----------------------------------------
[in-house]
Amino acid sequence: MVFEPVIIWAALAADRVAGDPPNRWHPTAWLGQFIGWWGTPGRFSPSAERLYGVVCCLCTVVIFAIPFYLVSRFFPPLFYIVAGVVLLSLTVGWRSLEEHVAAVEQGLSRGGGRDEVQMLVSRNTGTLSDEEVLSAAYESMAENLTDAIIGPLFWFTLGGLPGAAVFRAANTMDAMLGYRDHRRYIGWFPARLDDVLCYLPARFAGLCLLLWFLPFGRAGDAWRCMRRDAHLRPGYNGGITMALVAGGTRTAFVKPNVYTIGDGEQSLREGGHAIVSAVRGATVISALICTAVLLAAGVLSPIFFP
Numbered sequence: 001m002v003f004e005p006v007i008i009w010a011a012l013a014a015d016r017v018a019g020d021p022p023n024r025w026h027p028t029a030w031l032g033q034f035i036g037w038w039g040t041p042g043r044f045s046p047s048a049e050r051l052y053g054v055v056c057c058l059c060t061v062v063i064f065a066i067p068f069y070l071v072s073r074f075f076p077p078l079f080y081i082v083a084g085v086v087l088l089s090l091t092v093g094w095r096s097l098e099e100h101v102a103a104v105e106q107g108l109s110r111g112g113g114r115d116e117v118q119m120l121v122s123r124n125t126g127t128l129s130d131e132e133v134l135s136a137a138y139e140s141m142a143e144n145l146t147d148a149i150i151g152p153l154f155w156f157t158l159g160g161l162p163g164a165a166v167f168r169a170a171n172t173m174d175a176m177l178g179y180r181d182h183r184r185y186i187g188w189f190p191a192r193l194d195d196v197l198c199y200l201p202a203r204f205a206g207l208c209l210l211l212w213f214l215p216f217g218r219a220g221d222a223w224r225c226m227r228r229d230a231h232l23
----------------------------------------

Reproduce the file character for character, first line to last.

[in-house]
Amino acid sequence: MVFEPVIIWAALAADRVAGDPPNRWHPTAWLGQFIGWWGTPGRFSPSAERLYGVVCCLCTVVIFAIPFYLVSRFFPPLFYIVAGVVLLSLTVGWRSLEEHVAAVEQGLSRGGGRDEVQMLVSRNTGTLSDEEVLSAAYESMAENLTDAIIGPLFWFTLGGLPGAAVFRAANTMDAMLGYRDHRRYIGWFPARLDDVLCYLPARFAGLCLLLWFLPFGRAGDAWRCMRRDAHLRPGYNGGITMALVAGGTRTAFVKPNVYTIGDGEQSLREGGHAIVSAVRGATVISALICTAVLLAAGVLSPIFFP
Numbered sequence: 001m002v003f004e005p006v007i008i009w010a011a012l013a014a015d016r017v018a019g020d021p022p023n024r025w026h027p028t029a030w031l032g033q034f035i036g037w038w039g040t041p042g043r044f045s046p047s048a049e050r051l052y053g054v055v056c057c058l059c060t061v062v063i064f065a066i067p068f069y070l071v072s073r074f075f076p077p078l079f080y081i082v083a084g085v086v087l088l089s090l091t092v093g094w095r096s097l098e099e100h101v102a103a104v105e106q107g108l109s110r111g112g113g114r115d116e117v118q119m120l121v122s123r124n125t126g127t128l129s130d131e132e133v134l135s136a137a138y139e140s141m142a143e144n145l146t147d148a149i150i151g152p153l154f155w156f157t158l159g160g161l162p163g164a165a166v167f168r169a170a171n172t173m174d175a176m177l178g179y180r181d182h183r184r185y186i187g188w189f190p191a192r193l194d195d196v197l198c199y200l201p202a203r204f205a206g207l208c209l210l211l212w213f214l215p216f217g218r219a220g221d222a223w224r225c226m227r228r229d230a231h232l23